Book Bingo: An Update

Back in January I wrote a 2017 preview post that included a game of Book Bingo: 24 themed reads I wanted to tackle over the course of the year. Now that we’re entering June, it seems a good time to check in and see how I’m doing (since I haven’t paid the slightest attention to my bingo card).

The results: not great.

Book Bingo Update

I’m nearly half way through the year, but I’ve only read a third (8) of the books required (24) to fill out my card.

The Books I’ve Read

By a Small Press: Encountering Riel by David Orr. This is a book by Stonehouse Publishing, a local press here in Edmonton. How small is this press, you ask? They’re only going to publish three books this year, one of which is a re-issue of a classic (Evelina by Frances Burney). Encountering Riel is about Willie Lorimer, a young poetry student who’s called to join the fight against the Metis rebel leader, Louis Riel. Regionally, this book sold extremely well. Considering the size of the press, it’s been a nice success story. I only thought the book was okay, though. Not enough Riel in it for my tastes. But if you’re into period pieces, give this one a whirl.

Biography or Memoir: Bleaker House by Nell Stevens. I wrote about Bleaker House a few months ago, so I won’t go into too much detail here. It’s about about a would-be writer who travelled to Bleaker Island, a barren scrap a land nearly as south as one can get before they hit Antarctica, to try and write her first novel in total solitude. Long story short, I adored this book.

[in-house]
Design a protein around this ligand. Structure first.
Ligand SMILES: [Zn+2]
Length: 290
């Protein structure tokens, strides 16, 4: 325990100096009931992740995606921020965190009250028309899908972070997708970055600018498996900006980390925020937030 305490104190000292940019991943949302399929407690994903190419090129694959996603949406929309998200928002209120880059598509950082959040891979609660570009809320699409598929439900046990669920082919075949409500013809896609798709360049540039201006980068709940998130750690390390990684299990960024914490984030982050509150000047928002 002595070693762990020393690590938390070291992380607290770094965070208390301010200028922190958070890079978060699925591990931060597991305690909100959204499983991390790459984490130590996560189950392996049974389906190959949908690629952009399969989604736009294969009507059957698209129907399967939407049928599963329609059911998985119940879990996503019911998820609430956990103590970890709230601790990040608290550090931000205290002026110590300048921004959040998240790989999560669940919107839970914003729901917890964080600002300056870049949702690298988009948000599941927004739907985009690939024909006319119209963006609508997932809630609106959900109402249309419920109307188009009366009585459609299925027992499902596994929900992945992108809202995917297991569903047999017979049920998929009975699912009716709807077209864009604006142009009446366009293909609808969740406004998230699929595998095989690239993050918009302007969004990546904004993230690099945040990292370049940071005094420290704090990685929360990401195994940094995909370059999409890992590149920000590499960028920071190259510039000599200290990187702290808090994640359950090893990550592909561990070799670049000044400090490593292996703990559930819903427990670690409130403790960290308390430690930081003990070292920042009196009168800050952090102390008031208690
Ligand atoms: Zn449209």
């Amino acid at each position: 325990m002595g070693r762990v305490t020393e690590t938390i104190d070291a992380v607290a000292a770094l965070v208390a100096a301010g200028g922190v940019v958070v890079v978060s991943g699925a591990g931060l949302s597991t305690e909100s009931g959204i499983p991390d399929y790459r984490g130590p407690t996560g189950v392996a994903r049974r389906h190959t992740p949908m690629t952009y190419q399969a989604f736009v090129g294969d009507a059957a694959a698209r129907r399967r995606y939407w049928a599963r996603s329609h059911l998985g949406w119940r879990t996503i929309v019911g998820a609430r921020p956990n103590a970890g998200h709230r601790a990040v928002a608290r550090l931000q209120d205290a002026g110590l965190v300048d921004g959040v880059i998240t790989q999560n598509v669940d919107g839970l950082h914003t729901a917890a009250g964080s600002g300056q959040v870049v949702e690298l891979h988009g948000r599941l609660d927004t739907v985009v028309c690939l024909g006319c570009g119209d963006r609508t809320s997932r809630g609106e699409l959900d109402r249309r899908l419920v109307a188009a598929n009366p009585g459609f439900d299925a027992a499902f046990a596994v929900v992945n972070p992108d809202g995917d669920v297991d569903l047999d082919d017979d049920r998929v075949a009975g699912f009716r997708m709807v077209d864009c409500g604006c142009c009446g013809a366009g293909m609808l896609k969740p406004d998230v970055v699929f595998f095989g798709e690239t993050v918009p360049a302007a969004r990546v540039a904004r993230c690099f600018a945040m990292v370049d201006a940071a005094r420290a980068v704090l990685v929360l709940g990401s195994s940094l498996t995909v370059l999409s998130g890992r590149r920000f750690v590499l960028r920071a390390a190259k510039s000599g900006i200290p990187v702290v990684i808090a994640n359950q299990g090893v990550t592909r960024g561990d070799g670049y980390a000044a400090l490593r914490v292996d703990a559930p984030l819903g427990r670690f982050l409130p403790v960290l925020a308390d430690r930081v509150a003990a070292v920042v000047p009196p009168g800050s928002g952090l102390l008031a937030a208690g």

That I’ve Pretended to Have Read: The Hobbit by J.R.R. Tolkien. I’d read The Hobbit 1/2 to 2/3 of the way through at least five times. It had gotten so ridiculous that I just started telling people I’d finished it. Never had, though. This year, I did, and wrote a couple of pieces about it.

Science Fiction. Mass Effect: Nexus Uprising by Jason M. Hough. You know it’s a bad sign when you can’t even remember the name of the author for a book you finished six weeks ago. Truth be told, the only reason I read this is because I was intrigued by the fact that N. K. Jemison is writing the third book in this loose trilogy. These are tie-in novels for the BioWare’s latest Mass Effect video game franchise, so it makes almost no sense that a writer of Jemison’s calibre would do this. I’m so astonished, I have to read it. Hopefully it’s better than Nexus Uprising. This was a waste of time.

Six or More Words in the Title: The Heart of What Was Lost by Tad Williams. The first book I read this year. It it’s bordering on a novella (at just over 200 pages), but it’s so good. If you are a fan of Tad’s Memory, Sorrow, and Thorn trilogy of fantasy epics (the greatest series of all time, in my book), I implore you to a) read this book, and b) read Tad’s sequel trilogy, which kicks off in June with The Witchwood Crown. I. Can’t. WAIT.

An Author’s Debut: The Futures by Anna Pitoniak. The more I think about this book the more I loathe it. I wrote about why it doesn’t need to exist, and I stand by that opinion today. This one got a lot of good press, but my word, what a garbage book.